Another feature of Zemlinsky’s music is its quality of offsetting modernistic harmonies with other less disturbing effects occurring simultaneously. For example, you might have the brass snarling away through their mutes as though Alban Berg were in charge of the moment, but suddenly you realize a syncopated brass line straight out of Delius is marching diagonally through the Bergian harmonies and quite effectively competing for attention in the total picture.

Following this music is very much like swimming confidently in a sometimes stormy but warm sea. It is no accident, I feel, that his other great symphonic work is entitled The Little Mermaid (Die Seejungfrau). There is a constant wave-like rise and fall to Zemlinsky’s music–I demonstrated this to myself unexpectedly. Played backwards slowly on a CD player, a good bit of the “Lyric” Symphony sounds almost the same as forwards! Zemlinsky’s short themes often come to rest euphoniously where they begin, yet I have never heard music that modulates so lengthily and inventively, which is perhaps why it is difficult to remember.it. As you follow these sequences, you are constantly delighted by seductive cadences and resolutions at unexpected points. How this composer manages to ravish the listener with so much perfect chordal docking, and without a trace of overripe vulgarity, becomes the essence question of his talent. There is not one moment of boredom or sense of repetition. Nothing mimimalist. This is not Gorecki! And it isn’t Cesar Franck, huffing and puffing his way to modulations you already see coming. Instead, you are Captain Nemo for an hour, and you might never want the ride to end.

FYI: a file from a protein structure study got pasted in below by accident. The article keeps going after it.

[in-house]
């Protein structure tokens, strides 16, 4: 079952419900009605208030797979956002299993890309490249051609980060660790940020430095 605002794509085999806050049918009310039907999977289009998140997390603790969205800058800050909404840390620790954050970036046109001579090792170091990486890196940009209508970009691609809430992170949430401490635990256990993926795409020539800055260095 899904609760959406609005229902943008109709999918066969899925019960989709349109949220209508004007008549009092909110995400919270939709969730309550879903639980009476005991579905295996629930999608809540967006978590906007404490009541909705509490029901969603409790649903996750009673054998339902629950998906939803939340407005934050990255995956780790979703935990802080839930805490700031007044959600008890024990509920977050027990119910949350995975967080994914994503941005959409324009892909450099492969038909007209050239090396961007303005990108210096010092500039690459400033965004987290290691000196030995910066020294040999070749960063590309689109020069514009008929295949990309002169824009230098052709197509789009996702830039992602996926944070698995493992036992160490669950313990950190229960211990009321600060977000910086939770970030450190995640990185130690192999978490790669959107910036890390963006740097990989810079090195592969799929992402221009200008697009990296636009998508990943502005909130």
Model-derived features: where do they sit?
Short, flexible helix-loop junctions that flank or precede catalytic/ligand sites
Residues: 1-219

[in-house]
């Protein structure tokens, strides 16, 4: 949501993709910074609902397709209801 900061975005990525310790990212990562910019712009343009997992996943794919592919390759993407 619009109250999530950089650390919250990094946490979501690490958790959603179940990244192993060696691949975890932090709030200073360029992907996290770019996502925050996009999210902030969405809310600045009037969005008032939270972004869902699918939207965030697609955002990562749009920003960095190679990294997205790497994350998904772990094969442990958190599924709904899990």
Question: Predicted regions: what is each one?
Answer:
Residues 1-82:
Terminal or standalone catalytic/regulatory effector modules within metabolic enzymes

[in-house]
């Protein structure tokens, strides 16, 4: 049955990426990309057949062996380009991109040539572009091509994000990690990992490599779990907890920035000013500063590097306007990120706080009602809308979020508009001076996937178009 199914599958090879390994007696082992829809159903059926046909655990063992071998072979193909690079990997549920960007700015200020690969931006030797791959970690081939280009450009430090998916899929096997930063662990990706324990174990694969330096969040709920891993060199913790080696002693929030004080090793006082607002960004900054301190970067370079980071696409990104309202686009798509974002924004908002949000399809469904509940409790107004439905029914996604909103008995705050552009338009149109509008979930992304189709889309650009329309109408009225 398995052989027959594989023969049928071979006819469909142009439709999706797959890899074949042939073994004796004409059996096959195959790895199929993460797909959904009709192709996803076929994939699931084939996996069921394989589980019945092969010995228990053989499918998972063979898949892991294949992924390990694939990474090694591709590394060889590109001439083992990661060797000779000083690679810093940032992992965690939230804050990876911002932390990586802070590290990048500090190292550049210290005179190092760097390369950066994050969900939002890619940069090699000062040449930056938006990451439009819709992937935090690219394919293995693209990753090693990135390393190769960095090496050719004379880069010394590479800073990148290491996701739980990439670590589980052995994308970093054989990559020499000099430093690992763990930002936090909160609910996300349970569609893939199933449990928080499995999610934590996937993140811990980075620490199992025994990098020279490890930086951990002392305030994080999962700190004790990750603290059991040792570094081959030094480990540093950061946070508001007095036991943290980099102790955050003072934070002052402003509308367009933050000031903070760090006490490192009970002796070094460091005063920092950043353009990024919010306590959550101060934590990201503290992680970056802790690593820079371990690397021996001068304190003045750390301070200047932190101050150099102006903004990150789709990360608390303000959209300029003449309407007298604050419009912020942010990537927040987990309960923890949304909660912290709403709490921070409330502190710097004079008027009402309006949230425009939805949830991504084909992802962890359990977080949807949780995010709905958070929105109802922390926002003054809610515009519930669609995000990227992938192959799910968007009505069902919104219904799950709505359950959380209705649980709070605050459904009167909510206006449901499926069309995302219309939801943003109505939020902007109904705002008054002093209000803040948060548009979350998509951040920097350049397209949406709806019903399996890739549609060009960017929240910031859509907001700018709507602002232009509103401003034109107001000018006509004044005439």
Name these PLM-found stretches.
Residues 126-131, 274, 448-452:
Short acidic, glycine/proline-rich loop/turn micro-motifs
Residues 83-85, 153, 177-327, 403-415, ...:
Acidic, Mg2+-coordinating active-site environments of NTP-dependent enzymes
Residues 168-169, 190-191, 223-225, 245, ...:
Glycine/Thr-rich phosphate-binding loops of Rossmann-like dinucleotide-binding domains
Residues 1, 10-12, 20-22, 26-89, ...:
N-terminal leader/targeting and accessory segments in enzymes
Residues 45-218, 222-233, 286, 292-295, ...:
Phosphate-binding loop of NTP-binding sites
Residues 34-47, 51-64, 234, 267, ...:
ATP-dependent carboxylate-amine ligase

Arnold Schoenberg admired Zemlinsky for his sheer theatrical skill and predicted ultimate success. He may have been prescient. Keeping things moving is always difficult in vocal works, and while it may be heretical to suggest so, there is a good bit of tedium in parts of Mahler and Wagner. In fact, falling silent and static is a problem for all of music. Zemlinsky appears to realize that there actually is no such a thing as silence. In the human body, something is always pumping quietly, surging, sparking electrically, fidgeting, moving or getting ready to move. Zemlinsky’s music is like that. At its best, as in the “Lyric” Symphony, there are no dead spots. That speaks volumes. And now he starts to be known.